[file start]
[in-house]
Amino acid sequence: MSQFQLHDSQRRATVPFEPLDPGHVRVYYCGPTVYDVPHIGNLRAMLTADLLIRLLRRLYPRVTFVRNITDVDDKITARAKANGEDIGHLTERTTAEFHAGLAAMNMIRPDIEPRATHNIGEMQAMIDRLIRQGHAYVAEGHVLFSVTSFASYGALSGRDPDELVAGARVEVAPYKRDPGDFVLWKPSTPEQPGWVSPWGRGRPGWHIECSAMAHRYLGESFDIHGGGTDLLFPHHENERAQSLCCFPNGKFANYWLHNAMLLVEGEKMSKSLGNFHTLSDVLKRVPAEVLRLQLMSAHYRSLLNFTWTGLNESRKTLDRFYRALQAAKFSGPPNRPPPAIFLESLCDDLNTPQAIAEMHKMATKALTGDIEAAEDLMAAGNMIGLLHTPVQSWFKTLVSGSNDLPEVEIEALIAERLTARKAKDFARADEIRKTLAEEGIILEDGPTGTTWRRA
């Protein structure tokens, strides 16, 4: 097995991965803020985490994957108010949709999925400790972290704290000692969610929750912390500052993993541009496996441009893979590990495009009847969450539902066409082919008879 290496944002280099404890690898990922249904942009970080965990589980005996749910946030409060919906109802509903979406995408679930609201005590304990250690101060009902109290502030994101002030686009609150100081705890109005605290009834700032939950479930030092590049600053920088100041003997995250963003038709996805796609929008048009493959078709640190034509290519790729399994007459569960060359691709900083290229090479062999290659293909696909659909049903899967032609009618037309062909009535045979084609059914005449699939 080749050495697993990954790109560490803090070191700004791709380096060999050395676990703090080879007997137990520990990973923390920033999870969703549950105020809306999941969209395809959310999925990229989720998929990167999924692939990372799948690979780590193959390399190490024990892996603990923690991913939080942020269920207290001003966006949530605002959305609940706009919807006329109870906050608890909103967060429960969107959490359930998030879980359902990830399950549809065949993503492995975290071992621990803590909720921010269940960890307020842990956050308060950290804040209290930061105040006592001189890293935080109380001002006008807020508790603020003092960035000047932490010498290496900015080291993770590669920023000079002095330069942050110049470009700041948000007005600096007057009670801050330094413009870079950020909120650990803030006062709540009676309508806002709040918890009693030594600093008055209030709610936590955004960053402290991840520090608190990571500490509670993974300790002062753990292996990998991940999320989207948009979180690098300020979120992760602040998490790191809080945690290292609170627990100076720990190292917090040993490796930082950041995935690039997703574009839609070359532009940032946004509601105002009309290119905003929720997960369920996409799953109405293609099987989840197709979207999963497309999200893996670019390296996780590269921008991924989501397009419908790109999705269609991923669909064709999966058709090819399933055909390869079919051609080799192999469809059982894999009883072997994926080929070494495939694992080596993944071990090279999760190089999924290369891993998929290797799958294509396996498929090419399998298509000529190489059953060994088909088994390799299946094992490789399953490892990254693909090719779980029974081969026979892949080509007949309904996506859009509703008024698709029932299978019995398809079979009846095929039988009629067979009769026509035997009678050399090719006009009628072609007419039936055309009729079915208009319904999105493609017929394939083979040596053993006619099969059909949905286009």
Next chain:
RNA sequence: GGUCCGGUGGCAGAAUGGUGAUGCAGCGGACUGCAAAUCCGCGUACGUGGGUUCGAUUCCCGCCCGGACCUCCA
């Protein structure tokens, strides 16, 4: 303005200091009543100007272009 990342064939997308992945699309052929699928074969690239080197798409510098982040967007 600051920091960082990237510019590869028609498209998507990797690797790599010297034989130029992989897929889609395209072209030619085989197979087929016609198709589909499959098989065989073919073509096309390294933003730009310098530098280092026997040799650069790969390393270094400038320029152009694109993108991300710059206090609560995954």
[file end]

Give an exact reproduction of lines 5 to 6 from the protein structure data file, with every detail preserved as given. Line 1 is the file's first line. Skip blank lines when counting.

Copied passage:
RNA sequence: GGUCCGGUGGCAGAAUGGUGAUGCAGCGGACUGCAAAUCCGCGUACGUGGGUUCGAUUCCCGCCCGGACCUCCA
């Protein structure tokens, strides 16, 4: 303005200091009543100007272009 990342064939997308992945699309052929699928074969690239080197798409510098982040967007 600051920091960082990237510019590869028609498209998507990797690797790599010297034989130029992989897929889609395209072209030619085989197979087929016609198709589909499959098989065989073919073509096309390294933003730009310098530098280092026997040799650069790969390393270094400038320029152009694109993108991300710059206090609560995954």